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Happy Warriors

For Merrie England, against the Dreary EU.

Oct 15, 2012, Vol. 18, No. 05 • By ANDREW STUTTAFORD
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UKIP already stands at some 7-10 percent in national opinion polls, something that cannot just be put down to midterm disillusion with the Tories. There is a wide and growing disconnect between the pedantically centrist, tiresomely PC prime minister and a good number of his party’s natural supporters. Many of these are euroskeptic, and so this breach is only worsened by Cameron’s refusal to respond with anything other than curiously arrogant disdain to mounting British disgust with an EU that displays an ambition only exceeded​—​thanks to the flailing euro​—​by its troubles. One recent poll showed almost half of all Britons wanted out of the EU, while only under a third preferred to stay in. Making matters worse still for Cameron, however unfairly, is the U.K.’s failure to emerge from the economic mess his government inherited. Put all these circumstances together and UKIP’s allure is not hard to understand. Nor is the fact that the party’s appeal is reinforced by its plague-on-all-your-houses outsider status.

And that’s no act: The Birmingham conference was a long way in thinking and in feel from Britain’s political establishment. From the endearingly self-deprecatory remarks that accompanied so many speeches, to the occasional organizational glitches, to the misfiring microphone at the conference’s Friday night “gala dinner” (tickets cost all of $55), this was a gathering that featured little of the bombast and none the slickness of the larger parties’ shindigs. The auction that accompanied the gala included some cheaper items​—​tea bags in a fancy box, a woven silk portrait of the queen, and a painting that would have been unforgivable even had the artist been blind​—​that only underlined the distance between UKIP’s grassroots essence and the political establishment some UKIP members refer to as the Lib-Lab-Con.

At a desk near the entrance to the conference, some volunteers​—​including Mrs. Farage (a German, as it happens)​—​could be spotted selling Ukitsch: umbrellas, pens, mugs (“The EU is NOT my cup of tea”), tote bags (“The EU is NOT my bag”). Then there was the moment when Mr. Farage​—​no velvet ropes here​—​started hawking “Belgian damp rags” to a delighted crowd at five pounds each. (Full disclosure: I bought two.)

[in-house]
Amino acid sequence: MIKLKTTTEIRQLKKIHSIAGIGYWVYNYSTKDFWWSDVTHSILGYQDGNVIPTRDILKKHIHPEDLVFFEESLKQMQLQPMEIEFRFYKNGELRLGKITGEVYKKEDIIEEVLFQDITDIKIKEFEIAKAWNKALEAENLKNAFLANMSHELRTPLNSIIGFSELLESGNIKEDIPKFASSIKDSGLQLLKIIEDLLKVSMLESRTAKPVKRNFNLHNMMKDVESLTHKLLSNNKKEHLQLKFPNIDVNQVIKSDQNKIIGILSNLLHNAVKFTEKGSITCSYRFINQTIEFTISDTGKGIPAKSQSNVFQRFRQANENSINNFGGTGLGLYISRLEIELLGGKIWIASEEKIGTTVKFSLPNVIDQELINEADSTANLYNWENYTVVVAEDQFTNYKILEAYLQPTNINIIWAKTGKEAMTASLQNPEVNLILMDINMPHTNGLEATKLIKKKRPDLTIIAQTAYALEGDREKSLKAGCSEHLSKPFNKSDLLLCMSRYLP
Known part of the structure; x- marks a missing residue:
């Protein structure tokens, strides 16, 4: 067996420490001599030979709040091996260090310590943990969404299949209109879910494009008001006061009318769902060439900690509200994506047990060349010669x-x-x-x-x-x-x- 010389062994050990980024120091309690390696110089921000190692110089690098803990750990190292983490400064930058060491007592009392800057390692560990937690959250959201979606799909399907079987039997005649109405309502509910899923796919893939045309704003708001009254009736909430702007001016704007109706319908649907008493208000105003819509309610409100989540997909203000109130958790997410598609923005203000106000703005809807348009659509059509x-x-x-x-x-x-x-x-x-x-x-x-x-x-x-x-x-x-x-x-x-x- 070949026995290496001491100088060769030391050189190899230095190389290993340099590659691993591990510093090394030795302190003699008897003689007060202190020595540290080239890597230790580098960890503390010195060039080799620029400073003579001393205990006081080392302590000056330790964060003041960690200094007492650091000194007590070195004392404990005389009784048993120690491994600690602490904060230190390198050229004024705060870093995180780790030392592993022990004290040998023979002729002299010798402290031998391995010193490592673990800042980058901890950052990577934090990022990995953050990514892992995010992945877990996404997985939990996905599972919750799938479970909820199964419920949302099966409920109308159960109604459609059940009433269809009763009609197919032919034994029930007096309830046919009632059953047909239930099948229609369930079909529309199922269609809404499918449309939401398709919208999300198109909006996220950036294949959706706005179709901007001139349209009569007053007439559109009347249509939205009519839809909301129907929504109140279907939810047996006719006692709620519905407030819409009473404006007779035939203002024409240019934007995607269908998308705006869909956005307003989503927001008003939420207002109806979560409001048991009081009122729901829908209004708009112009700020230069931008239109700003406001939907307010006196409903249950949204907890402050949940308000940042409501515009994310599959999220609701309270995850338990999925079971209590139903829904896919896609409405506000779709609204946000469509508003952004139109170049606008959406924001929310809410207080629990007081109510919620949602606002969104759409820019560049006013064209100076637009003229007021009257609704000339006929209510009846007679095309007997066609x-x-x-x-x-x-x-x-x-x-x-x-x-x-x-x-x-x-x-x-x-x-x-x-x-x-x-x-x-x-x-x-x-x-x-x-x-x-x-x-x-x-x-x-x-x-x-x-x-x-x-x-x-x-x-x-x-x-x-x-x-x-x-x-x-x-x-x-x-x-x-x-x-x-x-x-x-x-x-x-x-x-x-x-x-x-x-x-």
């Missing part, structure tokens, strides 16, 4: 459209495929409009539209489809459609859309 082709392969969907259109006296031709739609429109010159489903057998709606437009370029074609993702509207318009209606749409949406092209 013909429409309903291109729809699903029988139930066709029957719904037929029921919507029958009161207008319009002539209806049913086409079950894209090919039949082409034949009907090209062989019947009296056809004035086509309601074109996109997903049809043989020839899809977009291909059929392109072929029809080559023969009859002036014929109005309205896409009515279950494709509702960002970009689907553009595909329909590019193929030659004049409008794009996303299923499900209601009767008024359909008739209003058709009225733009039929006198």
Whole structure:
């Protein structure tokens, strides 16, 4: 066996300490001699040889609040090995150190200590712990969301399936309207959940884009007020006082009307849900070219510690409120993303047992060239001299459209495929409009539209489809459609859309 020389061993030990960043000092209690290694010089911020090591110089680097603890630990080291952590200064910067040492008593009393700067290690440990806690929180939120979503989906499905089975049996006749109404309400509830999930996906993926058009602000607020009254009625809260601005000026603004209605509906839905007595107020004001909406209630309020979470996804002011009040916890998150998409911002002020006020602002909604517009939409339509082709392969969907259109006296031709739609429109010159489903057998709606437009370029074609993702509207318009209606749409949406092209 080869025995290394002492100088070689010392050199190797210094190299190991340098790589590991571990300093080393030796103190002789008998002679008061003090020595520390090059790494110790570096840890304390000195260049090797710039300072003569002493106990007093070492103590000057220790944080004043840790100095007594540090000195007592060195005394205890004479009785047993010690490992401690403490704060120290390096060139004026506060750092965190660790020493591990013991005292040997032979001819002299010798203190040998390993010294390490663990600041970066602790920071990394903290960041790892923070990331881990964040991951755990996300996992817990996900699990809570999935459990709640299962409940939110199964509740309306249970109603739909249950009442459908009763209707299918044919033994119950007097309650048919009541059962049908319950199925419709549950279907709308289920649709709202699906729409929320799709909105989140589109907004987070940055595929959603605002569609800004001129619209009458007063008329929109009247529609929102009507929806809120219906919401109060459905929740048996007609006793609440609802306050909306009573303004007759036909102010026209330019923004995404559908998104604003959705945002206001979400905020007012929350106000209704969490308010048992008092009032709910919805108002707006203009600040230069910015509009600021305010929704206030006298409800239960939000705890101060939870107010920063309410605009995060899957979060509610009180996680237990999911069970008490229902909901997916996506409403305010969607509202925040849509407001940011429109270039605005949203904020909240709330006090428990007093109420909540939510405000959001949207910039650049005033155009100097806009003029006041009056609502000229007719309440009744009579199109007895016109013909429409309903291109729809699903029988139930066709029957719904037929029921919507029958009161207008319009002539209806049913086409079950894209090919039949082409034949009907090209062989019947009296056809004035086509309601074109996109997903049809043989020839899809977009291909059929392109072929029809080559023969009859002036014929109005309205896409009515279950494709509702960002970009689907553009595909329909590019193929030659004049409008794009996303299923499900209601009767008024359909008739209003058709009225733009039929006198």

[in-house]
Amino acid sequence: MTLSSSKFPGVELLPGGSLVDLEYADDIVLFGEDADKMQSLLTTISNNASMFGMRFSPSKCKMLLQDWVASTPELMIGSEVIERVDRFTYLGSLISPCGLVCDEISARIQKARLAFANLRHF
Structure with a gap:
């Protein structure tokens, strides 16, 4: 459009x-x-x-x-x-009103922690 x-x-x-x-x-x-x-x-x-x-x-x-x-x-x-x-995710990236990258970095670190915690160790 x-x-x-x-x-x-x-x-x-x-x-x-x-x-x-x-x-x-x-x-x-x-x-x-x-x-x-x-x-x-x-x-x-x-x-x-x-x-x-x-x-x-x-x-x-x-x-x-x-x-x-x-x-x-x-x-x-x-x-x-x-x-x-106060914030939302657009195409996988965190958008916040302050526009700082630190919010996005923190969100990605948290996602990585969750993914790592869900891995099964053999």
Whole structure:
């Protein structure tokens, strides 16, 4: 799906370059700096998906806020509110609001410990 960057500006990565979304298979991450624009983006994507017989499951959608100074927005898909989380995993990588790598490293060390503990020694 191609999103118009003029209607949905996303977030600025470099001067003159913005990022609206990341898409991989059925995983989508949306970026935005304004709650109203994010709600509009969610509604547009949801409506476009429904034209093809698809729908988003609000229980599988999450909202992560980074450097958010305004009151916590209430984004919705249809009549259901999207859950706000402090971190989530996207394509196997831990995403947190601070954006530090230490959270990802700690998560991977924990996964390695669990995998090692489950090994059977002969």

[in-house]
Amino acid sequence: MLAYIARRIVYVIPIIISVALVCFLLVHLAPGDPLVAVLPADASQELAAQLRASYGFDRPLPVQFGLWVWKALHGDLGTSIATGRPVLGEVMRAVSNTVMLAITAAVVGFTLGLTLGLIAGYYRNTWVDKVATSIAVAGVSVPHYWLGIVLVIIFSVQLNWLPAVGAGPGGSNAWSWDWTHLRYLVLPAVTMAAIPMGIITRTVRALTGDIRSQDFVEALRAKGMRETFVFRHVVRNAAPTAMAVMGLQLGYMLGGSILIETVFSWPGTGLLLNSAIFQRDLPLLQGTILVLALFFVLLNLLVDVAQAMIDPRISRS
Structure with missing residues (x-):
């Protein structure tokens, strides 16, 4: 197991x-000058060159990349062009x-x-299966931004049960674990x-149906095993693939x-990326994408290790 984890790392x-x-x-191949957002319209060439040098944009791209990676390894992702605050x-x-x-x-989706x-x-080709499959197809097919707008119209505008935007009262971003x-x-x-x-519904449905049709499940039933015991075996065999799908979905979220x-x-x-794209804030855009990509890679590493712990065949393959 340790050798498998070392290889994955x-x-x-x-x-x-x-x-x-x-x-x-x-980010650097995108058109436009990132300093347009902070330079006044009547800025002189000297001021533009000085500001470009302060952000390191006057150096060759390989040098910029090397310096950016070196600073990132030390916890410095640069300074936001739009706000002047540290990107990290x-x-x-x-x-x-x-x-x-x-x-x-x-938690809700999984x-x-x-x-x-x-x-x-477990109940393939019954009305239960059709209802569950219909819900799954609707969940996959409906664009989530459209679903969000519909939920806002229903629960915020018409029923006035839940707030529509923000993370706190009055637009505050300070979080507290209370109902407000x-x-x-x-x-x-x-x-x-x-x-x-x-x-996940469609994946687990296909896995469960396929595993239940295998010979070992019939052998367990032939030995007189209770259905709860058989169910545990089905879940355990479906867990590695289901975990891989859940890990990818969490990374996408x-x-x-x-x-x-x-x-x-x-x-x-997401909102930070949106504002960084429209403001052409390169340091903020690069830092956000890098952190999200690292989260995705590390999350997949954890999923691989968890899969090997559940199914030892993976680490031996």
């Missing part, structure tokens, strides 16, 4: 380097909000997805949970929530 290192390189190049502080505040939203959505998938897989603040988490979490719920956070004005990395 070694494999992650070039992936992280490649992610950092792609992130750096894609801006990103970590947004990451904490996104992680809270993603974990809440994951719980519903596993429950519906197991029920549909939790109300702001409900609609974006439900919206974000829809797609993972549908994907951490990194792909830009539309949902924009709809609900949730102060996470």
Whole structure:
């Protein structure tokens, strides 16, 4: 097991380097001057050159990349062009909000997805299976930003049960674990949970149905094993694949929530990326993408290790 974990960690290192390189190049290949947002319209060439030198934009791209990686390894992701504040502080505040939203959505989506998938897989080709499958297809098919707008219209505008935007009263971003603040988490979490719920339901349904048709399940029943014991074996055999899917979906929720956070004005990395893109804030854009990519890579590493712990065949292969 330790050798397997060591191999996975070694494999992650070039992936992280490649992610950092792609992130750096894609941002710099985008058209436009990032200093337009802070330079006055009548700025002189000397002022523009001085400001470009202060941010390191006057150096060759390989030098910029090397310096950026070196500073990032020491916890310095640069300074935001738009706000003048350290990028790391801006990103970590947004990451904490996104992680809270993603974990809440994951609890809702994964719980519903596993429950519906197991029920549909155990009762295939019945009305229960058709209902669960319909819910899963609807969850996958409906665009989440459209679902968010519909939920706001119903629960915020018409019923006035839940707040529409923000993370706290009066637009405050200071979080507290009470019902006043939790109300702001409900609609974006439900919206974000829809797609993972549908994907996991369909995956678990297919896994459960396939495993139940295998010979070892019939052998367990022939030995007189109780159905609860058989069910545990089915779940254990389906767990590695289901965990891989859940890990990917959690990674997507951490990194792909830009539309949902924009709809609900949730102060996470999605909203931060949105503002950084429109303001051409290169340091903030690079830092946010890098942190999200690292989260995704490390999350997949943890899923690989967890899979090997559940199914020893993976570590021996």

Autographed by Farage, these, uh, striking kitchen towels are decorated with the dispiriting features of Herman Van Rompuy, the president of the EU’s European Council. They are an allusion to the one event, more than any other, that made Farage the YouTube star that he is today, a status he cemented with a series of speeches that did much to ensure his recognition by Der Spiegel as the “seventh most dangerous politician” in Europe, no small honor. In 2010 Farage, an MEP since 1999, greeted Van Rompuy​—​world famous in Belgium, if nowhere else​—​to the European parliament shortly after the former Belgian prime minister had been appointed the quasi-head of the EU’s quasi-state. After asking who Van Rompuy was, and how he had been picked for this job, Farage compared the new potentate’s charisma to that of a “damp rag” and his appearance to that of “a low-grade bank clerk” (Farage apologized later to bank clerks). It was a virtuoso, deftly theatrical performance, but, as so often with Farage, there was a knife concealed within the knockabout. After the laughs there was this, delivered more quietly:

I sense though that you are competent and capable and dangerous and I have no doubt that it is your intention to be the quiet assassin of European democracy and of the European nation-states.

This display of unruly parliamentary vigor was too much for the EU’s mausoleum of democracy. Farage was fined $4,400 for his lèse-Rompuy, not a bad price for the publicity it brought.

Farage, 48, a smoker (despite a bout of cancer in his 20s) who enjoys a drink or two, is well aware of his naughty, none-of-the-above appeal. The Belgian damp rags were also decorated with a small, impish photograph of UKIP’s leader roaring with bad-boy laughter. UKIP’s antiestablishment message was a familiar refrain from the conference floor. The term “political class” was a frequent punch line, repeated with more resignation than anger, the exasperated lament of passengers who have found themselves on a peculiarly poorly run vessel but are still debating how violent the mutiny should be.

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